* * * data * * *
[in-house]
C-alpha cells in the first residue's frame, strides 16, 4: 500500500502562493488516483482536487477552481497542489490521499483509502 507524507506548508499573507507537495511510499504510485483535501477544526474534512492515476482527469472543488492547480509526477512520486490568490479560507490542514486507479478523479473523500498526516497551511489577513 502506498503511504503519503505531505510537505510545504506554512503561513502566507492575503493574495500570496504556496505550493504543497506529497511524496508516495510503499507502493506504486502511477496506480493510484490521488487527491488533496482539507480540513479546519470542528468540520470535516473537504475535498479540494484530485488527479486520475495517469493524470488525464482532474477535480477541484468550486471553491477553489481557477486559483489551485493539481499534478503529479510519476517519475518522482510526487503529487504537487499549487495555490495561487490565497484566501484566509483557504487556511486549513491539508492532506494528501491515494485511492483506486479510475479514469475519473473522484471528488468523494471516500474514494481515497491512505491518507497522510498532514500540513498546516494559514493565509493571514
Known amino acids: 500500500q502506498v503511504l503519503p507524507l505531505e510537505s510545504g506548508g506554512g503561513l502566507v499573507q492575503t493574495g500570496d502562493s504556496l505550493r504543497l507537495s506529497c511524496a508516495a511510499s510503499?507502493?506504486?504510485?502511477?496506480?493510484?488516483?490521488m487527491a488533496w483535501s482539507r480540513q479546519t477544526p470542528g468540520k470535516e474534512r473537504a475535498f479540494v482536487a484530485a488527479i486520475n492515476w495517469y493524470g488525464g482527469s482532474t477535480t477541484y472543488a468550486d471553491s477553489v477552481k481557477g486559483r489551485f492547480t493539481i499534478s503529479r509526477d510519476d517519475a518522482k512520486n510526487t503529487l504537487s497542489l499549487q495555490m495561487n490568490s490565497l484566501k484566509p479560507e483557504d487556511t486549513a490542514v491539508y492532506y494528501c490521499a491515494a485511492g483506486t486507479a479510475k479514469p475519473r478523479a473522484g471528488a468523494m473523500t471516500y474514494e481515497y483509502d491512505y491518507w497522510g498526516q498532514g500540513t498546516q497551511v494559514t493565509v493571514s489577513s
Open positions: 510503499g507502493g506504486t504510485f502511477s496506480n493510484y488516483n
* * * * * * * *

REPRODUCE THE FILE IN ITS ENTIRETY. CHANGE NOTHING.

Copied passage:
[in-house]
C-alpha cells in the first residue's frame, strides 16, 4: 500500500502562493488516483482536487477552481497542489490521499483509502 507524507506548508499573507507537495511510499504510485483535501477544526474534512492515476482527469472543488492547480509526477512520486490568490479560507490542514486507479478523479473523500498526516497551511489577513 502506498503511504503519503505531505510537505510545504506554512503561513502566507492575503493574495500570496504556496505550493504543497506529497511524496508516495510503499507502493506504486502511477496506480493510484490521488487527491488533496482539507480540513479546519470542528468540520470535516473537504475535498479540494484530485488527479486520475495517469493524470488525464482532474477535480477541484468550486471553491477553489481557477486559483489551485493539481499534478503529479510519476517519475518522482510526487503529487504537487499549487495555490495561487490565497484566501484566509483557504487556511486549513491539508492532506494528501491515494485511492483506486479510475479514469475519473473522484471528488468523494471516500474514494481515497491512505491518507497522510498532514500540513498546516494559514493565509493571514
Known amino acids: 500500500q502506498v503511504l503519503p507524507l505531505e510537505s510545504g506548508g506554512g503561513l502566507v499573507q492575503t493574495g500570496d502562493s504556496l505550493r504543497l507537495s506529497c511524496a508516495a511510499s510503499?507502493?506504486?504510485?502511477?496506480?493510484?488516483?490521488m487527491a488533496w483535501s482539507r480540513q479546519t477544526p470542528g468540520k470535516e474534512r473537504a475535498f479540494v482536487a484530485a488527479i486520475n492515476w495517469y493524470g488525464g482527469s482532474t477535480t477541484y472543488a468550486d471553491s477553489v477552481k481557477g486559483r489551485f492547480t493539481i499534478s503529479r509526477d510519476d517519475a518522482k512520486n510526487t503529487l504537487s497542489l499549487q495555490m495561487n490568490s490565497l484566501k484566509p479560507e483557504d487556511t486549513a490542514v491539508y492532506y494528501c490521499a491515494a485511492g483506486t486507479a479510475k479514469p475519473r478523479a473522484g471528488a468523494m473523500t471516500y474514494e481515497y483509502d491512505y491518507w497522510g498526516q498532514g500540513t498546516q497551511v494559514t493565509v493571514s489577513s
Open positions: 510503499g507502493g506504486t504510485f502511477s496506480n493510484y488516483n